Upward Bound Grows with Students

By: Nicole Walker

As the old saying goes, "If there's a will, there's a way," and for students who have the will, Upward Bound will aid the way.

For students with a hunger for knowledge and a motivation for future success, Upward Bound provides the necessary tools to help students get to college and stay there.

"The more we prepare them in high school, the better they will do in college," said Maria Moreno, Upward Bound director and program alumna.

Maria Moreno : headshot
Maria Moreno

Upward Bound is a federally funded competitive grant through the U.S. Department of Education that strives to serve low-income high school students and prepare them for postsecondary education at no cost, Moreno said.

Chico State's Upward Bound program serves a diverse population. For some of these students, especially young women, one hurdle to attending college is gaining permission from their parents. Upward Bound aims to educate and help families understand the process of college since many are first-generation college students.

Upward Bound promotes collaboration and the understanding of people from different backgrounds.
These students go through hardships that are beyond academics.

"I love the idea that knowledge speaks some sort of volume of power, and I wish that I could reduce some stigma about first-generation college students," said Kendall Enns, English education major and Upward Bound alumna.

Upward Bound provides academic tutoring, college information, campus visits, and help with financial aid and college applications. It also runs a six-week summer residential program that serves 240 students from 18 different high schools in the North State.

Moreno said that the success of Upward Bound relies on the success of students, specifically students who graduate from college.

The summer residential program introduces the roles of a college student, teaching attendees how to manage time and balance responsibilities. Upward Bound students in the residential program take college preparation classes taught by high school teachers and college professors at Chico State. The students live in residence halls and dine at Sutter Hall during the six-week program.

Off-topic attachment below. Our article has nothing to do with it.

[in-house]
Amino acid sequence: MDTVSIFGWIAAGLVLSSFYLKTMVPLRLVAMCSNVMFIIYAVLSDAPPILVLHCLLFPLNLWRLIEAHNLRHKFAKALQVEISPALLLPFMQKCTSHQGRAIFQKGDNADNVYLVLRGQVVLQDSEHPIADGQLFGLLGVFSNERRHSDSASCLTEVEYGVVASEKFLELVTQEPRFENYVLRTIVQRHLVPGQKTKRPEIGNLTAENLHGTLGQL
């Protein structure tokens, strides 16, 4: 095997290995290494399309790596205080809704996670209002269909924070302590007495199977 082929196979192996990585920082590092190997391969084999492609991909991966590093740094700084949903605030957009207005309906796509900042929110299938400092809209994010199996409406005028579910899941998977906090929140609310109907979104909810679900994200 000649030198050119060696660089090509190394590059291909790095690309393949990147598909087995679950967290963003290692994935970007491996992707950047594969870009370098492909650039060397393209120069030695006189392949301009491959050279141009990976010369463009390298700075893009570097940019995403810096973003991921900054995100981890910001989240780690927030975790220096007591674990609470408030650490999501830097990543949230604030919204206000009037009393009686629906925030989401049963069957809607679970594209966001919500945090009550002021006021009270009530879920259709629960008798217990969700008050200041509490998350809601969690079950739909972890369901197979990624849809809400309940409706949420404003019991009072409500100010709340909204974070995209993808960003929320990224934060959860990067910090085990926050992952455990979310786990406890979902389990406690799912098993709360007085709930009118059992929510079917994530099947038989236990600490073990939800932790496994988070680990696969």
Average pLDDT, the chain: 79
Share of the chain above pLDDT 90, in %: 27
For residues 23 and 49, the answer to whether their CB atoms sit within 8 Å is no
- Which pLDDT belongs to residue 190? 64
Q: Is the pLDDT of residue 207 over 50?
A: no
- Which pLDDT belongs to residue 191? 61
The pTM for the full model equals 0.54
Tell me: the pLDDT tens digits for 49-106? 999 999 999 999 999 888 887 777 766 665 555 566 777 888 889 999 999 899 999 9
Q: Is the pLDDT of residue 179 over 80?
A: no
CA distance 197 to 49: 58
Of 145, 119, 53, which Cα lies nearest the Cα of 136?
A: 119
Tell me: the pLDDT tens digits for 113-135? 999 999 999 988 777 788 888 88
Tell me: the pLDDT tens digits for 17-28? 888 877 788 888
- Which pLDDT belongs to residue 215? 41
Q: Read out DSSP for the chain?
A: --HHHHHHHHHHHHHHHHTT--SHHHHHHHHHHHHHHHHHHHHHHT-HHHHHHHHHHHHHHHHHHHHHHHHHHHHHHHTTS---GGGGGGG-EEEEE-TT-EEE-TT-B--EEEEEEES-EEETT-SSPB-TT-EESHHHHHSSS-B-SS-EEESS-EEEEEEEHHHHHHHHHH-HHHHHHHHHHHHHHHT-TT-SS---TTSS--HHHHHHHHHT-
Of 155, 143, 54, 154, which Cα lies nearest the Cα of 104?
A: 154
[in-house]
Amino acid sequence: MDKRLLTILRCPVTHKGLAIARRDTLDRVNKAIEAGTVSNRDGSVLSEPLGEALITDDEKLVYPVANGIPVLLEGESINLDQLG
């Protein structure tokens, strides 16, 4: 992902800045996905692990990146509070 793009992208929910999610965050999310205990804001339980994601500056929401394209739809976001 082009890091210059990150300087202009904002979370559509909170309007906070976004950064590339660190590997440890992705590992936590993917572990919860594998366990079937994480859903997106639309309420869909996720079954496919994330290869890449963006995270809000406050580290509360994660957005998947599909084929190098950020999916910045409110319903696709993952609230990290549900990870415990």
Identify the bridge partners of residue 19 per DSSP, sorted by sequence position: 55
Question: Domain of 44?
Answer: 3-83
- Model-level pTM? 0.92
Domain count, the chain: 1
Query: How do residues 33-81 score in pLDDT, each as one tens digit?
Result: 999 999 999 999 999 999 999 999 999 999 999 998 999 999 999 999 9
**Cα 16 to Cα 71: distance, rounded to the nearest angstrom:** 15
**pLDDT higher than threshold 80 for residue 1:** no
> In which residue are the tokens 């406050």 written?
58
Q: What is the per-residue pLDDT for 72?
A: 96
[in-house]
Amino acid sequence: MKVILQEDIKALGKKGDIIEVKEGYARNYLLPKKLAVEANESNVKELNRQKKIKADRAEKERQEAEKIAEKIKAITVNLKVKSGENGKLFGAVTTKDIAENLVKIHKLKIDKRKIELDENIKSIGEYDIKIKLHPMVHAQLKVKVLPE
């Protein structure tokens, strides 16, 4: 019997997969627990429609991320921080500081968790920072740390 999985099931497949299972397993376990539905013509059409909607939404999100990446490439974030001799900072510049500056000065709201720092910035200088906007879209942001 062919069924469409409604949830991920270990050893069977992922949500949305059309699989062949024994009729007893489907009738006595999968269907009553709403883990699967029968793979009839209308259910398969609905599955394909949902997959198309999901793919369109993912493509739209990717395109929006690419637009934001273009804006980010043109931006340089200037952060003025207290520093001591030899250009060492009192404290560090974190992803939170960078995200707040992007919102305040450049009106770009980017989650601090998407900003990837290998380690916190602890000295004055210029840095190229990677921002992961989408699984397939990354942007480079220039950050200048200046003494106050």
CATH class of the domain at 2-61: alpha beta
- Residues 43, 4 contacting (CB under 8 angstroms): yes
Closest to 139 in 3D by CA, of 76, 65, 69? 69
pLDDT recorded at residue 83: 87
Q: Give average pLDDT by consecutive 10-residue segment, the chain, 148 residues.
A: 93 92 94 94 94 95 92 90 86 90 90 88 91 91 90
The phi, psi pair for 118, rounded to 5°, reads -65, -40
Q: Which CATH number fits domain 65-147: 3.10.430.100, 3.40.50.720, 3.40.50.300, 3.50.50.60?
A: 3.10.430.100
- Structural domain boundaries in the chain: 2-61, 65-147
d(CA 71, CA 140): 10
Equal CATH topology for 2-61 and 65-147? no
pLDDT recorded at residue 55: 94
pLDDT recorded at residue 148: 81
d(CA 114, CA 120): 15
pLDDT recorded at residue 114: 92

The students begin every day at 6 a.m. and finish activities at 11 p.m., which helps them gain a sense of college and provides a head start for their high school classes in the fall. Along with classes, the students are given the opportunity to gain work experience by volunteering on campus and with downtown entities.

"I would love coming to the program, and I would hate leaving every summer, that was where I met my best friends," said Michael Lang-Perry, psychology major and Upward Bound alumnus.

However, the resources don't stop at high school, Upward Bound supports students throughout their college career with computer labs, academic advising, and counseling to ensure they are on a path to graduation. Up to half of the program's high school graduates go to Chico State and the majority of those who attend work for and give back to Upward Bound.

"Our current Chico State students that are alumni of the program serve as role models for our current kids," Moreno said.

The examples alumni set inspire new Upward Bound students to aim high regardless of their backgrounds.

The program is growing rapidly. From 50 students, one grant, and a temporary building on the corner of campus, Upward Bound has expanded to the third floor of the Student Services Center and now serves 340 students with four grants, Moreno said.

However, the grants that fund Upward Bound are not easy to come by.

These grants are competed for nationwide. There are 900 Upward Bound programs throughout the country. Chico State has housed its program since 1966, making it the longest running grant funded on campus.

Currently, one of the four grants focus mainly on math and science in pursuit of post-secondary degrees and careers in the STEM fields (Science, Technology, Engineering and Mathematics). Chico State was one of 113 campuses granted an Upward Bound Math-Science Program grant, which will be incorporated into the program's classes this summer.

"We have an amazing group of kids every single year who are very accomplished and very motivated, they just need that help," Moreno said.

Maria Moreno and Upward Bound students
Maisue Thao, Fabiola Paniagua, Jelly Empasis, Michael Lang-Perry, Katrina Thao, Ting Thao, Maria Moreno